Colombia says 10 armed groups agree to cease-fire
Announcement made as part of leftist President Gustavo Petro's promise of ‘total peace’
At least 10 armed groups in Colombia have declared a unilateral cease-fire in response to leftist President Gustavo Petro’s call, the government said Wednesday.
The announcement was made as part of a “total peace” that Petro has been seeking since he came to power in August.
The proposal seeks to negotiate peace with the numerous illegal armed groups that are active in the country, including the Gulf Clan and dissident members of the Revolutionary Armed Forces of Colombia (FARC), which rejected a 2016 peace deal.
"Each group with its own identity, nature and motivation is expressing its willingness to be part of a total peace. In this exploration phase, they have been asked not to kill, not to disappear, not to torture," Danilo Rueda, the government’s high peace commissioner, told journalists at a press conference.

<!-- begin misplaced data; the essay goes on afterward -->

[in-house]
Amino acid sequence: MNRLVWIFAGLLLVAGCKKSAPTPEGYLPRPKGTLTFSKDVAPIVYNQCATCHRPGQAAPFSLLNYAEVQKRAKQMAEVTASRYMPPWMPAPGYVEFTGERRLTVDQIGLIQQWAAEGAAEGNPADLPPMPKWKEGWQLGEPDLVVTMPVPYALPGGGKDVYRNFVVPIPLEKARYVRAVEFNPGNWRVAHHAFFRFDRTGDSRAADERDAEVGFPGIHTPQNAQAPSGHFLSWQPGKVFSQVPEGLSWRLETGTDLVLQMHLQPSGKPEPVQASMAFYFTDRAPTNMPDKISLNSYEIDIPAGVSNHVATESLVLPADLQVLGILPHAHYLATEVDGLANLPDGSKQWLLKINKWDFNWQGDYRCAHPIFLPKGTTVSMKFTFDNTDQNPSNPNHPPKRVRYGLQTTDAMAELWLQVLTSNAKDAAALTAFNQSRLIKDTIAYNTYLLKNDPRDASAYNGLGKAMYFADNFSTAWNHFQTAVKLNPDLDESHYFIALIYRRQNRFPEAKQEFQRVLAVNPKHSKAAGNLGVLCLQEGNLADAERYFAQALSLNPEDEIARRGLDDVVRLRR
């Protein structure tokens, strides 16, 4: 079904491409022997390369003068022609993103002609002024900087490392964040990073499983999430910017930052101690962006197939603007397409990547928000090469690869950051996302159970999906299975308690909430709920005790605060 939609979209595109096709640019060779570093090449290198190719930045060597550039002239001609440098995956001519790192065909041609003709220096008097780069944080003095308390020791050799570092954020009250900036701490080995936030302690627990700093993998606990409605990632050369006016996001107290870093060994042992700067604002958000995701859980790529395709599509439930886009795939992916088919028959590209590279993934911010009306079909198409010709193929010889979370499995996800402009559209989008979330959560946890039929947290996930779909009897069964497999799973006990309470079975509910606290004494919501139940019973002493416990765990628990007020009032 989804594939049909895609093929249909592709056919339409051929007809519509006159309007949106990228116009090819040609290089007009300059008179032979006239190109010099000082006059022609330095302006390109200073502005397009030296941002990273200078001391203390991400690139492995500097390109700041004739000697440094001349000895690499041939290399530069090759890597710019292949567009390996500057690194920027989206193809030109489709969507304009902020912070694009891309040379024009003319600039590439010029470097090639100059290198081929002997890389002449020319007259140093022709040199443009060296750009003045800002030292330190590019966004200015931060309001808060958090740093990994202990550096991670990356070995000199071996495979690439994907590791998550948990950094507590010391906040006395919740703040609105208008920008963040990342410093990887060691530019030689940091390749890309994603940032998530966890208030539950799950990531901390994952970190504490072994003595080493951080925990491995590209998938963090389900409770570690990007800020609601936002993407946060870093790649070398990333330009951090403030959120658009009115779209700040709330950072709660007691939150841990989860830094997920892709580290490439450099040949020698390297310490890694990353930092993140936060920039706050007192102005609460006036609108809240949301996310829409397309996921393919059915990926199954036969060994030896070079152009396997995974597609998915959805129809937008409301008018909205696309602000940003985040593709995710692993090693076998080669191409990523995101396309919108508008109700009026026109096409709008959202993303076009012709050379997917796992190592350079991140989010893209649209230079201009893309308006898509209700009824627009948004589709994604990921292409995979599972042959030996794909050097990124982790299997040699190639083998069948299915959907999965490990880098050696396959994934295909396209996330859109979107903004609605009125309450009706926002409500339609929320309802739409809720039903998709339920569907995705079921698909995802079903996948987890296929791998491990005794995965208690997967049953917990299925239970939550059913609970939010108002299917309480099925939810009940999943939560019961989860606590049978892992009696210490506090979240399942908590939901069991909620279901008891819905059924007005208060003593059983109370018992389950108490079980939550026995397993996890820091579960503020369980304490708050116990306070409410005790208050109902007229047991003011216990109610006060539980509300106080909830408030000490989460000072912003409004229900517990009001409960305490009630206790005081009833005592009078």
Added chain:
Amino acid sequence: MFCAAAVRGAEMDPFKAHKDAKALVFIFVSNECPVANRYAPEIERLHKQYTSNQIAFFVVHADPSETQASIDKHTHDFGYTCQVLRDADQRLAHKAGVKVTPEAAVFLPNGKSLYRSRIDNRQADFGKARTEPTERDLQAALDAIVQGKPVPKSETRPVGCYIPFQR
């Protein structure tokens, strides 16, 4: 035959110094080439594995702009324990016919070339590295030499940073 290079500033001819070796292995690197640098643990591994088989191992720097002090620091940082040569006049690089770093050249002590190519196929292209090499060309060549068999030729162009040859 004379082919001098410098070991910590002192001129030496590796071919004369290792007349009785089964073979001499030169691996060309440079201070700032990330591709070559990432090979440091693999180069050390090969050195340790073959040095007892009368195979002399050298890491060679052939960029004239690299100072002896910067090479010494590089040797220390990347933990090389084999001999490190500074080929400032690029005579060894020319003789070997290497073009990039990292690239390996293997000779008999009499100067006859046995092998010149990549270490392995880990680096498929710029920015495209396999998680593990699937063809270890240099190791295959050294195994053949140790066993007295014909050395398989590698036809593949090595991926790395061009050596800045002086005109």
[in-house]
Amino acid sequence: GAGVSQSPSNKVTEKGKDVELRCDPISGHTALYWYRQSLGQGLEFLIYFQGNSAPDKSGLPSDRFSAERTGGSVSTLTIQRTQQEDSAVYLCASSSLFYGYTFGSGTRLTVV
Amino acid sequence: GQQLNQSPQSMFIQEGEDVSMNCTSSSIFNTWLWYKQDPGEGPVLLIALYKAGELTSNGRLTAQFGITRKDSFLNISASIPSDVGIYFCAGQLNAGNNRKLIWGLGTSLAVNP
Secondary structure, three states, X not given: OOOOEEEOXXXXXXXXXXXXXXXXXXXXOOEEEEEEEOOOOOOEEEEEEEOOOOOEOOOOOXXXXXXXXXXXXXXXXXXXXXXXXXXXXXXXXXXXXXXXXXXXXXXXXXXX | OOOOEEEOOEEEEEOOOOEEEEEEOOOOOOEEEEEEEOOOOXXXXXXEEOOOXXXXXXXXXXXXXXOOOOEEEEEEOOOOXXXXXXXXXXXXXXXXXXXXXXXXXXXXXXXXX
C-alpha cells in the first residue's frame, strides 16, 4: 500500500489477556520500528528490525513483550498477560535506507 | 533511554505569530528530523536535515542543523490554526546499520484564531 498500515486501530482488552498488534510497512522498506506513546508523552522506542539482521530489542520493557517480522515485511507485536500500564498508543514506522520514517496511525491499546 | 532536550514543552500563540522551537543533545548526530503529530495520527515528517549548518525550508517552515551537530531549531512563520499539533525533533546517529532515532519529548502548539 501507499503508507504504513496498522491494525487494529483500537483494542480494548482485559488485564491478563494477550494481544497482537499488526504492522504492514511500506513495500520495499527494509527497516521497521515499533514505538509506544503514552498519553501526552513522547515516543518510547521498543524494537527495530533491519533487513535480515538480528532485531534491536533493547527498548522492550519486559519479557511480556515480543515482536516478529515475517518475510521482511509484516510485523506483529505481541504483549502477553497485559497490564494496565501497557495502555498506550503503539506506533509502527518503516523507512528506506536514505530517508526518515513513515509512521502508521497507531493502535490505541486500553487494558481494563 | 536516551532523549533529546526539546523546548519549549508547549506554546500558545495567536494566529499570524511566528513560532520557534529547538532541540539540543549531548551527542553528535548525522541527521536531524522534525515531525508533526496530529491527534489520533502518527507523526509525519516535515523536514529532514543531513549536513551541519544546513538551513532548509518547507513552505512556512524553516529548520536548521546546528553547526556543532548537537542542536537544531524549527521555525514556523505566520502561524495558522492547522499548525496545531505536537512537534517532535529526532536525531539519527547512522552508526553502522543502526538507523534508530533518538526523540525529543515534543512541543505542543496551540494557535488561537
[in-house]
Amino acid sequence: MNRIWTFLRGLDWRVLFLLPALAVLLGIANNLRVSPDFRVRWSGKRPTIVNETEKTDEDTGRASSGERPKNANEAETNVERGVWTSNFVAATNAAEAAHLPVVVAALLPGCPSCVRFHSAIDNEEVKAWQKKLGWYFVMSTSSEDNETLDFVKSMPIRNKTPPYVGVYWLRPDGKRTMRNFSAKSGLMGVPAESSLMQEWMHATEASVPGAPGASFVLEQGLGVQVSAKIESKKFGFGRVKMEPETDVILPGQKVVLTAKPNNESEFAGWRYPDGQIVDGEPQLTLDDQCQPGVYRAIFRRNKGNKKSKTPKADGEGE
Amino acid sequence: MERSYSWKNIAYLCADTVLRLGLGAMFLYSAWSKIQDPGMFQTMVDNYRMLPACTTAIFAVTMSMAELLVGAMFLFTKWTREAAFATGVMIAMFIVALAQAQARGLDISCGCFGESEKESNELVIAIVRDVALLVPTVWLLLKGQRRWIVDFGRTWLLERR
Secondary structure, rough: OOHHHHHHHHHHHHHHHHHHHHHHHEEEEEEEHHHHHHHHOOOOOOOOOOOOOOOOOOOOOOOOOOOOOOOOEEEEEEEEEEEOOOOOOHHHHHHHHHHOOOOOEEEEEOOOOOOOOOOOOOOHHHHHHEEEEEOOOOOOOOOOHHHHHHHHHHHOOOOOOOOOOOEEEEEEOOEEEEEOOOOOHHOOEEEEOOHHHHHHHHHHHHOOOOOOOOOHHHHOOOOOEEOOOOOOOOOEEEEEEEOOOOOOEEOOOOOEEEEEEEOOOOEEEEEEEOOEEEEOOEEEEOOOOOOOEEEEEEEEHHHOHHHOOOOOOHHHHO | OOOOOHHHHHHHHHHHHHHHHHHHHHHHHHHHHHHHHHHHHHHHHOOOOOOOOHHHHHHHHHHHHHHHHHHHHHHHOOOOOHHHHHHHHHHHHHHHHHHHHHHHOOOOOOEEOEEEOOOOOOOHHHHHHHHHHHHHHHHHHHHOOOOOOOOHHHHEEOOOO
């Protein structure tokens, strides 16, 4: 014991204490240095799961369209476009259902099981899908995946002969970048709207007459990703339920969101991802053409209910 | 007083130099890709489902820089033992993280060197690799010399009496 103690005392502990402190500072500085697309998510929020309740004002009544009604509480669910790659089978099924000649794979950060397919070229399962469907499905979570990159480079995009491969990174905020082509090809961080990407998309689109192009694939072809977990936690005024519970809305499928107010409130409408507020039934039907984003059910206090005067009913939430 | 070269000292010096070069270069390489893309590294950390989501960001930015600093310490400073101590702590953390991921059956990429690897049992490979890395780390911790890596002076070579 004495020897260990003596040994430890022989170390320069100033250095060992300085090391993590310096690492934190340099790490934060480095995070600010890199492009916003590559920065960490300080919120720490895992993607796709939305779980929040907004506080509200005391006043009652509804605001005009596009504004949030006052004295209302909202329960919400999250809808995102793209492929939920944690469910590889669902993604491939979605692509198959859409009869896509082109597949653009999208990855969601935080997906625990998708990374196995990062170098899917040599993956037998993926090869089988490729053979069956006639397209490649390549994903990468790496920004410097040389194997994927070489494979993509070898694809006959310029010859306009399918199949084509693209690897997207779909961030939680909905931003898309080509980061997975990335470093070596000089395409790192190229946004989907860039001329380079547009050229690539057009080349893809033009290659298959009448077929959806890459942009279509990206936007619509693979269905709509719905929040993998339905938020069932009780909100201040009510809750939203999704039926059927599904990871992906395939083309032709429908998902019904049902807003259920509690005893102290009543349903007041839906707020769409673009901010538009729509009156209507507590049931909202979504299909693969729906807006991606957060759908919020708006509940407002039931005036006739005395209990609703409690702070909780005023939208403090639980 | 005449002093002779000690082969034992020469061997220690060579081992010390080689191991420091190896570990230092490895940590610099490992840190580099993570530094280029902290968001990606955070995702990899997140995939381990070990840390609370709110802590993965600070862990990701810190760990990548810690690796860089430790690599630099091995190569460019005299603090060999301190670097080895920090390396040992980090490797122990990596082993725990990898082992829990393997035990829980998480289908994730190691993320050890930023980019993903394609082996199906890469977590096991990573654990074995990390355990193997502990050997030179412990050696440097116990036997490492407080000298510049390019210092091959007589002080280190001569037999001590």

Petro has said that the government will include all of the criminal armed groups in peace conversations in order to end more than five decades of armed conflict in which more than 450,000 people were killed in the country between 1986 and 2016, according to the final report of Colombia's Truth Commission published in June.
The peace project also includes a possible resumption of peace talks with the National Liberation Army (ELN) that began in 2017 in Quito during the government of Juan Manuel Santos. The negotiations were interrupted by former President Ivan Duque in January 2019, a day after the group carried out a bombing at a police academy in Bogota that killed 21 police officers and injured 68 others.
Anadolu Agency website contains only a portion of the news stories offered to subscribers in the AA News Broadcasting System (HAS), and in summarized form. Please contact us for subscription options.